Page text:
Rose Davies
10,000m Patrick Tiernan
110/100m hurdles Nicholas Hough Elizabeth Clay
400m hurdles Sarah Carli
3000m steeplechase Ben Buckingham
Matthew Clarke
Edward Trippas
Amy Cashin
Genevieve Gregson
Georgia Winkcup
4x100m relay
4x400m relay Ellie Beer
Angeline Blackburn
Kendra Hubbard
Bendere Oboya
Annelise Rubie-Renshaw
Road events
20km walk Kyle Swan
Declan Tingay
Katie Hayward
Rebecca Henderson
Jemima Montag
50km walk Rhydian Cowley N/A – Men only
Marathon Liam Adams
Jack Rayner
Brett Robinson
Sinead Diver
Ellie Pashley
Lisa Weightman
Field events
High jump Brandon Starc Nicola McDermott
Eleanor Patterson
Long jump Henry Frayne Brooke Stratton
Triple jump
Pole vault Kurtis Marschall Nina Kennedy
Liz Parnov
Discus throw Matthew Denny Dani Stevens
Javelin throw Kelsey-Lee Barber
Mackenzie Little
Kathryn Mitchell
Hammer throw
Shot put
Combined events
Decathlon/Heptathlon Cedric Dubler
Ash Moloney

Nicola McDermott did the best of our track and field athletes, posting a personal best and new national record in the women’s high jump to take home the silver medal.

Eleanor Patterson accompanied her in the high jump final and finished fifth.

Kelsey-Lee Barber also did herself proud with a season’s best in the javelin throw, netting her a well-earned bronze medal.


She was one of three Aussies in that final, with Kathryn Mitchell finishing sixth and Mackenzie Little coming eighth.

Ash Moloney won Australia’s only male track and field medal, with an incredible bronze medal in the decathlon making him the first Australian to win a medal in the event.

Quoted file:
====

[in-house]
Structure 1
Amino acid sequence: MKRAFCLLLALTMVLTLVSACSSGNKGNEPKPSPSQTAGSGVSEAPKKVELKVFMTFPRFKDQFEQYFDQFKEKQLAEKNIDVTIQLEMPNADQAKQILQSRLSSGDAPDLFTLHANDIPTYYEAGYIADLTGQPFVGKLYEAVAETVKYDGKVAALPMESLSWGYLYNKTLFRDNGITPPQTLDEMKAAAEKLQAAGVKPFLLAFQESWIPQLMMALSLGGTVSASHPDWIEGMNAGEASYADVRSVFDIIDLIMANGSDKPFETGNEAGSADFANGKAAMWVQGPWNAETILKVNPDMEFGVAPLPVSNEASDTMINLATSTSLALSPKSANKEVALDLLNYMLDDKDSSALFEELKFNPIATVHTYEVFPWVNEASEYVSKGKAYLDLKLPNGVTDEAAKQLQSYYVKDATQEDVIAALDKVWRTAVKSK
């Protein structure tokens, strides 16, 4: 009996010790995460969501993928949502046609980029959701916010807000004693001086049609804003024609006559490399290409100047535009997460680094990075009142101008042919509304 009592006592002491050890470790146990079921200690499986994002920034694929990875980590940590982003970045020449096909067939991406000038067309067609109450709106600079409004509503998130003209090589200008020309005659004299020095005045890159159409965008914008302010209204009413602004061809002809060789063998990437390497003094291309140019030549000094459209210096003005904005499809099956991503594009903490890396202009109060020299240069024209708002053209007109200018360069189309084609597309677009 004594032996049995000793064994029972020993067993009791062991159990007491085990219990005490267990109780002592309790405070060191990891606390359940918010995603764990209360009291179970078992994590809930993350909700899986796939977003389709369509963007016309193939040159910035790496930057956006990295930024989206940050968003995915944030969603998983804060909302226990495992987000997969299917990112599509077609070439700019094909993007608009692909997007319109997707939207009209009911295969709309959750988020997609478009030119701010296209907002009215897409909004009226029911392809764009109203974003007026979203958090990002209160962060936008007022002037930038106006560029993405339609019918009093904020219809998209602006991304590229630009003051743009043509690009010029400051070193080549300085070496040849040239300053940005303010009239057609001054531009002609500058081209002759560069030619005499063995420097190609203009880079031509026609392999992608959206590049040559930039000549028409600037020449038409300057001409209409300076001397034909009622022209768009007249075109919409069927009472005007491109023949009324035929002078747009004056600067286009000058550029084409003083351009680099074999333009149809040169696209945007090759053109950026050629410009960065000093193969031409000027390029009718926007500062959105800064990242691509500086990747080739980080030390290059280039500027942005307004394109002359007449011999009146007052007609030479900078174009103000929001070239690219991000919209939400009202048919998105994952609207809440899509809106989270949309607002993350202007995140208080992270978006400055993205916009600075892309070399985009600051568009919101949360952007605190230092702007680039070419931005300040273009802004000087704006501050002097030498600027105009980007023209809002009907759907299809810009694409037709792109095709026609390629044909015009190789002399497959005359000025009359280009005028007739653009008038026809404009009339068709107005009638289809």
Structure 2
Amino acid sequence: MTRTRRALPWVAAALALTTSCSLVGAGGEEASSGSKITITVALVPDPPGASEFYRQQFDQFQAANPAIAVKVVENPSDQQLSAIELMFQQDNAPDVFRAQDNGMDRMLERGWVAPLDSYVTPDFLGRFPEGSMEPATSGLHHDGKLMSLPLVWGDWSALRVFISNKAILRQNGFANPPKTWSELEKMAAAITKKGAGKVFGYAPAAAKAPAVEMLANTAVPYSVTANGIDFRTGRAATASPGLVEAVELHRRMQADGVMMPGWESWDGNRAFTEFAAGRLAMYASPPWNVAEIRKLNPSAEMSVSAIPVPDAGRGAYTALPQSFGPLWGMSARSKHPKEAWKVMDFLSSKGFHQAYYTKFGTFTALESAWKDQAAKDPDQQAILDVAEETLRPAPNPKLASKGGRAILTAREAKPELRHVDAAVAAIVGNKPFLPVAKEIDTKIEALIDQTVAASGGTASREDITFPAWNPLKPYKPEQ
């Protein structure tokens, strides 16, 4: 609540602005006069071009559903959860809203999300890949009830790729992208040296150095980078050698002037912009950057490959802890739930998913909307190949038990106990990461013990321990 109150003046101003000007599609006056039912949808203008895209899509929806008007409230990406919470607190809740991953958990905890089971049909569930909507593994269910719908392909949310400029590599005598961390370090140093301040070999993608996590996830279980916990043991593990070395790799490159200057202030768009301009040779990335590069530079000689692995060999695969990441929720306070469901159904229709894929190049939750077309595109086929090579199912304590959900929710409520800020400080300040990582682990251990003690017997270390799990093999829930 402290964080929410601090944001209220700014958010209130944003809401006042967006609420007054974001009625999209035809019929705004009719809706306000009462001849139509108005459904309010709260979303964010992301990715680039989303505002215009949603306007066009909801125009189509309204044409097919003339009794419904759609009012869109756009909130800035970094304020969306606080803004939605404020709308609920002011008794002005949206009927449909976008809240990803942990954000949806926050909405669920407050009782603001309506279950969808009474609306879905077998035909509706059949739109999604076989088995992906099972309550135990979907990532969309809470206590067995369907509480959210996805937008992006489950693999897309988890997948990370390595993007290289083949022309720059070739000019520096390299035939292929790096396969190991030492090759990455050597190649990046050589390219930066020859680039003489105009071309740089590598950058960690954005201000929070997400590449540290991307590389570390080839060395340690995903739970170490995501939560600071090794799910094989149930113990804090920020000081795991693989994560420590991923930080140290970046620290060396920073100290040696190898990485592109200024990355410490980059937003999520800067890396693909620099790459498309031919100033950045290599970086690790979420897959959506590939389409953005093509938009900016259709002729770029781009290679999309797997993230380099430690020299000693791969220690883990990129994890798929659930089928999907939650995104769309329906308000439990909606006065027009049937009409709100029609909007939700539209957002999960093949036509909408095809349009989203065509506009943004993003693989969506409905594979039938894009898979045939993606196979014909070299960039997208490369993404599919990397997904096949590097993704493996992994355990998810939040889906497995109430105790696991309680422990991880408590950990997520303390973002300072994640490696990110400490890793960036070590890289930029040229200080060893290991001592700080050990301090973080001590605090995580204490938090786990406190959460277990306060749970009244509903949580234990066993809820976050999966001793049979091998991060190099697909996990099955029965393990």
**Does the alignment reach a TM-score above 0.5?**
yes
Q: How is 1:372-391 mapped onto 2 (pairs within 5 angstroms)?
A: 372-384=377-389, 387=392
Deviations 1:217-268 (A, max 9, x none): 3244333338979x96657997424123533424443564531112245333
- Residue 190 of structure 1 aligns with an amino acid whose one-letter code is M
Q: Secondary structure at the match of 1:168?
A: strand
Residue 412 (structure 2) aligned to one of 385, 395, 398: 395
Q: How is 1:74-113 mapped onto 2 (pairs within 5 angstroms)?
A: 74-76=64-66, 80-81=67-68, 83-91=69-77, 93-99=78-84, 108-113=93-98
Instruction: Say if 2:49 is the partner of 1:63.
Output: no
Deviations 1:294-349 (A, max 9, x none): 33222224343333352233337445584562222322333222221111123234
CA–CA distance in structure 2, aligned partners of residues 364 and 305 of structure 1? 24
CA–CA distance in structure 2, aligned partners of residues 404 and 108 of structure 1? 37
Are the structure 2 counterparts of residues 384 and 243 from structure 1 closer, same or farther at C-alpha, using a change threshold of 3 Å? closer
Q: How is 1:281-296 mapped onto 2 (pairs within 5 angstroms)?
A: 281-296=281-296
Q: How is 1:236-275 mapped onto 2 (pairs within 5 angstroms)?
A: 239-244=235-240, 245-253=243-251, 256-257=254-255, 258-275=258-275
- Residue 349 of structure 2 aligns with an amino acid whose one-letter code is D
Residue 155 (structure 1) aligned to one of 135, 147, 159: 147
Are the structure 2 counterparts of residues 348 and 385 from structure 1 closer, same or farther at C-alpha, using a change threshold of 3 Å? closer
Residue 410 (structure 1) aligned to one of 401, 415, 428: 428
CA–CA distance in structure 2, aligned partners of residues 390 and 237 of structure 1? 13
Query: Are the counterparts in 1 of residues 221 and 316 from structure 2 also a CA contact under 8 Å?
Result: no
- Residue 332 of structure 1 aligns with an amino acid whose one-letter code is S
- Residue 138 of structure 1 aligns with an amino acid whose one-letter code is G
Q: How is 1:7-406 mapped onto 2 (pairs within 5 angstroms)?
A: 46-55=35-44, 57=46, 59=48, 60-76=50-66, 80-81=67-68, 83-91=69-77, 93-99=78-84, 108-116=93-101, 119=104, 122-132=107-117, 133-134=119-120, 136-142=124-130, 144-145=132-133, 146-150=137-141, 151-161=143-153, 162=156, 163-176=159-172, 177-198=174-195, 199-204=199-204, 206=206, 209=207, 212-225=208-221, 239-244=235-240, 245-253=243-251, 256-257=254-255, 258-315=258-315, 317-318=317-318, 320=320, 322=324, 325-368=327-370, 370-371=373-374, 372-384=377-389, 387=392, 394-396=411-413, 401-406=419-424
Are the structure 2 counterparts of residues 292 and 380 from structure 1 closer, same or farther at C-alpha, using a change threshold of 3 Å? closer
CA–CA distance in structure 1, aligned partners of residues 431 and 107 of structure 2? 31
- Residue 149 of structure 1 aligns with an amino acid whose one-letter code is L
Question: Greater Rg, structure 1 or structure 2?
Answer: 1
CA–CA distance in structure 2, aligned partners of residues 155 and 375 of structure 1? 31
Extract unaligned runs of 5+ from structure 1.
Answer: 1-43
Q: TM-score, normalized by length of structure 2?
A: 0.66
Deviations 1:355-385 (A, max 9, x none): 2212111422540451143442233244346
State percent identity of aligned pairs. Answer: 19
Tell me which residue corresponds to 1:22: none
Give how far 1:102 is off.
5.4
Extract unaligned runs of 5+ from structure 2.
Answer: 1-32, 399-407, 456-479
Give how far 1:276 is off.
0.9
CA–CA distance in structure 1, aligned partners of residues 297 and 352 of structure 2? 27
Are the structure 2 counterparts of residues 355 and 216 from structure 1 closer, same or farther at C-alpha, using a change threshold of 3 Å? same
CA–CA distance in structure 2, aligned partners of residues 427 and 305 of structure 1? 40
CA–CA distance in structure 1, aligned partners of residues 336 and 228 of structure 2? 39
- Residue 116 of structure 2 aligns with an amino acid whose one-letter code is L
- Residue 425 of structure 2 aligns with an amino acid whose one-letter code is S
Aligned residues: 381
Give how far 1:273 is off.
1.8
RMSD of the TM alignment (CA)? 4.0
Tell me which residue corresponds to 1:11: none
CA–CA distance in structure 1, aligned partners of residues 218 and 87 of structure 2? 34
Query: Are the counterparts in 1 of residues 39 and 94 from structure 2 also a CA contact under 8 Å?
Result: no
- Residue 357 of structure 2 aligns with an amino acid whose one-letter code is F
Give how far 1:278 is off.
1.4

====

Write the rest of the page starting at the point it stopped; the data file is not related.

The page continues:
One of the moments of the Games saw his decathlon teammate, Cedric Dubler, pushing him to a massive personal best in the 1500m event to secure the medal, despite being badly injured himself.

Peter Bol looked to be a serious medal chance in the men’s 800m after finishing second in his heat and topping his semi-final – setting a new Oceanic record in both races. He ran a brave race in the final, but ultimately finished fourth.

Jeff Riseley and Charlie Hunter both made it to the semi-finals of the same event, but did not progress further.

Matthew Denny qualified for the men’s discus throw final and threw a personal best of 67.02m – which was just five centimetres off achieving a medal placing.

Brandon Starc cleared 2.35 metres in the high jump to finish an agonising two centimetres off the podium in Australia’s best men’s high jump performance for a long time.

Brooke Stratton did well to qualify for the women’s long jump final, but her best jump of 6.83m was only good for seventh.


Kurtis Marschall progressed to the pole men’s vault final after clearing 5.75m on his first attempt, but was sadly unable to register a successful vault in the final.